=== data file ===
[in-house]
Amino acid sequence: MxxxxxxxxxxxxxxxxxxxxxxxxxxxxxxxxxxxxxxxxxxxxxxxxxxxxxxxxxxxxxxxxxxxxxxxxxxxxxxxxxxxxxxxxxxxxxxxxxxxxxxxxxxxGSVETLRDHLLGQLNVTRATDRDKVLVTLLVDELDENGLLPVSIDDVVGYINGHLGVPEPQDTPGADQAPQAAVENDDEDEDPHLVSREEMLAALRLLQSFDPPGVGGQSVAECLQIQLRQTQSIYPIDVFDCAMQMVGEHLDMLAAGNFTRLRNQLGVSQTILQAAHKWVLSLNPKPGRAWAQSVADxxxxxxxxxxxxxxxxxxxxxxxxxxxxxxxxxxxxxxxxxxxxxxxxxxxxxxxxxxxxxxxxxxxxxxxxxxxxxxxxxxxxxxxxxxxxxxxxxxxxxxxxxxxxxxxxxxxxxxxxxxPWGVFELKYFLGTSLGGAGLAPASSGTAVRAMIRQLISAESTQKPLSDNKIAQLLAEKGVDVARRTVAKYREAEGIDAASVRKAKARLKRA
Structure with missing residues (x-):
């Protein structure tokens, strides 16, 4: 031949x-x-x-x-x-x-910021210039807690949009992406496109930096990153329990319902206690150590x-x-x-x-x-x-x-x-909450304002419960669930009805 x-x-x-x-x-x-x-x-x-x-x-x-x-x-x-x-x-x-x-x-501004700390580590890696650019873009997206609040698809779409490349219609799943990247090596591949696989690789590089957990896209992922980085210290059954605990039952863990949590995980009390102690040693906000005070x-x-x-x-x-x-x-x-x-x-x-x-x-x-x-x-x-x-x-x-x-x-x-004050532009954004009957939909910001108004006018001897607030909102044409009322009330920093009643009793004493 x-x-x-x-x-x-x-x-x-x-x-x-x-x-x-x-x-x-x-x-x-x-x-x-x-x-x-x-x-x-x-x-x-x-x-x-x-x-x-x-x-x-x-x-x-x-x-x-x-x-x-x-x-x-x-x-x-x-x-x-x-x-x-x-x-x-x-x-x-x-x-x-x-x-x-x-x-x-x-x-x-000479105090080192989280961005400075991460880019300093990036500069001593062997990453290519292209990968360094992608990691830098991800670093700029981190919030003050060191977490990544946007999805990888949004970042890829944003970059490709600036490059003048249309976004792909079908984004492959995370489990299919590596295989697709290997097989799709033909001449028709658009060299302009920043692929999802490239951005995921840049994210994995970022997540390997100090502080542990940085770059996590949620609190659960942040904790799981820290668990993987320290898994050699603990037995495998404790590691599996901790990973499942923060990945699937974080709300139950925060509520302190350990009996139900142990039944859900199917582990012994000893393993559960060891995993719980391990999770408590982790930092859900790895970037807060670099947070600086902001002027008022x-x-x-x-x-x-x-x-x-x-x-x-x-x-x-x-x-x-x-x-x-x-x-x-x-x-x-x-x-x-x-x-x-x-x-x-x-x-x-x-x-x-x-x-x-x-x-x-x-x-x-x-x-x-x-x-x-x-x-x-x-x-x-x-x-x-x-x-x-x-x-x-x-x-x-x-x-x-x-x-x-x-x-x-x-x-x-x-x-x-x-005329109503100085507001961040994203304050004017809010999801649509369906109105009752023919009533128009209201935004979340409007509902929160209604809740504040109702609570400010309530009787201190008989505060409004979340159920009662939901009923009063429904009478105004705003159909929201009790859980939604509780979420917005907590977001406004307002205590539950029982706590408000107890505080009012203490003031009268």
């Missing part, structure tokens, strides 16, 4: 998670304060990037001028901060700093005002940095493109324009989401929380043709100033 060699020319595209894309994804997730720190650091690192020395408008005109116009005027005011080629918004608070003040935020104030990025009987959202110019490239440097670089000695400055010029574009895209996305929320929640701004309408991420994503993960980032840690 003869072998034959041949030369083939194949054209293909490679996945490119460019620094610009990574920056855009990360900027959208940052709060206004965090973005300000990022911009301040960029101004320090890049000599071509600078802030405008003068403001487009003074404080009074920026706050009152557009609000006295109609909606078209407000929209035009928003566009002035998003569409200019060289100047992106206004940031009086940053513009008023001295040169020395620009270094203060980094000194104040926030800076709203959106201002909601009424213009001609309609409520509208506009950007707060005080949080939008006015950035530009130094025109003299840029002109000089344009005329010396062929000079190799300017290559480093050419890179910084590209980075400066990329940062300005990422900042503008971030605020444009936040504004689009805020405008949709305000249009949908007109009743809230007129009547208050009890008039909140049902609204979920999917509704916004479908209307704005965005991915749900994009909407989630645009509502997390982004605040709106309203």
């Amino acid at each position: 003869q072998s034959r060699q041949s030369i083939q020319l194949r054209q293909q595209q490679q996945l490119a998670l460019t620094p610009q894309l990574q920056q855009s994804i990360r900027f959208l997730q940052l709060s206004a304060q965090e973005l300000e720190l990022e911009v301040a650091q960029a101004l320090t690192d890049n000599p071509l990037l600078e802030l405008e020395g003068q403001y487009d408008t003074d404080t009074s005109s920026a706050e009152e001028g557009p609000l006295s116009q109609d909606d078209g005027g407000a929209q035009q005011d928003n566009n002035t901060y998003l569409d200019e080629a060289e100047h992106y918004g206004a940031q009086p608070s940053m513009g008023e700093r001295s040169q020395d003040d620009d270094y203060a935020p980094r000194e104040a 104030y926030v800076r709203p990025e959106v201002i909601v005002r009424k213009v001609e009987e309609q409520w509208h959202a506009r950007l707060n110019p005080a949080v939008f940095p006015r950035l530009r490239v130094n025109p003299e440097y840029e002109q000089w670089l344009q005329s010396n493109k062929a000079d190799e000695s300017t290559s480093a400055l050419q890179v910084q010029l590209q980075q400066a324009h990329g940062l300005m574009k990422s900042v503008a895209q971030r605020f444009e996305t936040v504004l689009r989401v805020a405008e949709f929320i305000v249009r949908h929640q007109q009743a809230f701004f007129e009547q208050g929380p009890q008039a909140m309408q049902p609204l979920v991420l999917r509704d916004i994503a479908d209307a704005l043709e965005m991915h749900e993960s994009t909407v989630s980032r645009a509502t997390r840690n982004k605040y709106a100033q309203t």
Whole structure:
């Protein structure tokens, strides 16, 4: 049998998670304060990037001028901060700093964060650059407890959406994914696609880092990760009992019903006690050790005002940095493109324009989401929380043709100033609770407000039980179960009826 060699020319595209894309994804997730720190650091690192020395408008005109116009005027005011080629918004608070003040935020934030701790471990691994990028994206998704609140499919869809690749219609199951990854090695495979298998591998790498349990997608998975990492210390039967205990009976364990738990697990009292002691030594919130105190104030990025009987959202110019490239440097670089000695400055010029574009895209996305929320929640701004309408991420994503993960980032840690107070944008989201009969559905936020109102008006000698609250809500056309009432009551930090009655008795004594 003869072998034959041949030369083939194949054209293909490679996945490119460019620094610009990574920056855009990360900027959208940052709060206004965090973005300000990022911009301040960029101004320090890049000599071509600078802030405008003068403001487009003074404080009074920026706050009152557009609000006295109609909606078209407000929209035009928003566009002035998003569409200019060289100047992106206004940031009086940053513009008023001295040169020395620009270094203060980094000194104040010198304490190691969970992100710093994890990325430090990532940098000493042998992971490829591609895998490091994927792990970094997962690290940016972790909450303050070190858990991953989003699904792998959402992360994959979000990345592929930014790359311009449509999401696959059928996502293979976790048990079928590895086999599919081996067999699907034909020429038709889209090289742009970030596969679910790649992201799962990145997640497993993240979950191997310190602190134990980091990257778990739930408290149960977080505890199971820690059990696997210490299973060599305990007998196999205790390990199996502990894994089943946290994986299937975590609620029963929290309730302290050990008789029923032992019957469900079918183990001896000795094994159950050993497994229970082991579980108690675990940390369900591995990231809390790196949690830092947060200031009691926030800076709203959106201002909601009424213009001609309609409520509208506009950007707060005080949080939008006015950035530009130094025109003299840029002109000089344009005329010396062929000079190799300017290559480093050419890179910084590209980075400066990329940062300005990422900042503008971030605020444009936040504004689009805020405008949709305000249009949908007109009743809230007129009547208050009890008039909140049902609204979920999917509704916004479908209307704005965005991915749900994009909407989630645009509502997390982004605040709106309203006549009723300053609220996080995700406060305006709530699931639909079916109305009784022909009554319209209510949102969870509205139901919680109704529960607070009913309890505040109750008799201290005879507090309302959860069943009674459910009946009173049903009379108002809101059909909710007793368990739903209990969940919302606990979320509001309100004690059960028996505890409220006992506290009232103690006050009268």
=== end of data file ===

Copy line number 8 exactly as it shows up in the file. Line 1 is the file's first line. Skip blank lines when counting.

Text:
């Protein structure tokens, strides 16, 4: 049998998670304060990037001028901060700093964060650059407890959406994914696609880092990760009992019903006690050790005002940095493109324009989401929380043709100033609770407000039980179960009826 060699020319595209894309994804997730720190650091690192020395408008005109116009005027005011080629918004608070003040935020934030701790471990691994990028994206998704609140499919869809690749219609199951990854090695495979298998591998790498349990997608998975990492210390039967205990009976364990738990697990009292002691030594919130105190104030990025009987959202110019490239440097670089000695400055010029574009895209996305929320929640701004309408991420994503993960980032840690107070944008989201009969559905936020109102008006000698609250809500056309009432009551930090009655008795004594 003869072998034959041949030369083939194949054209293909490679996945490119460019620094610009990574920056855009990360900027959208940052709060206004965090973005300000990022911009301040960029101004320090890049000599071509600078802030405008003068403001487009003074404080009074920026706050009152557009609000006295109609909606078209407000929209035009928003566009002035998003569409200019060289100047992106206004940031009086940053513009008023001295040169020395620009270094203060980094000194104040010198304490190691969970992100710093994890990325430090990532940098000493042998992971490829591609895998490091994927792990970094997962690290940016972790909450303050070190858990991953989003699904792998959402992360994959979000990345592929930014790359311009449509999401696959059928996502293979976790048990079928590895086999599919081996067999699907034909020429038709889209090289742009970030596969679910790649992201799962990145997640497993993240979950191997310190602190134990980091990257778990739930408290149960977080505890199971820690059990696997210490299973060599305990007998196999205790390990199996502990894994089943946290994986299937975590609620029963929290309730302290050990008789029923032992019957469900079918183990001896000795094994159950050993497994229970082991579980108690675990940390369900591995990231809390790196949690830092947060200031009691926030800076709203959106201002909601009424213009001609309609409520509208506009950007707060005080949080939008006015950035530009130094025109003299840029002109000089344009005329010396062929000079190799300017290559480093050419890179910084590209980075400066990329940062300005990422900042503008971030605020444009936040504004689009805020405008949709305000249009949908007109009743809230007129009547208050009890008039909140049902609204979920999917509704916004479908209307704005965005991915749900994009909407989630645009509502997390982004605040709106309203006549009723300053609220996080995700406060305006709530699931639909079916109305009784022909009554319209209510949102969870509205139901919680109704529960607070009913309890505040109750008799201290005879507090309302959860069943009674459910009946009173049903009379108002809101059909909710007793368990739903209990969940919302606990979320509001309100004690059960028996505890409220006992506290009232103690006050009268």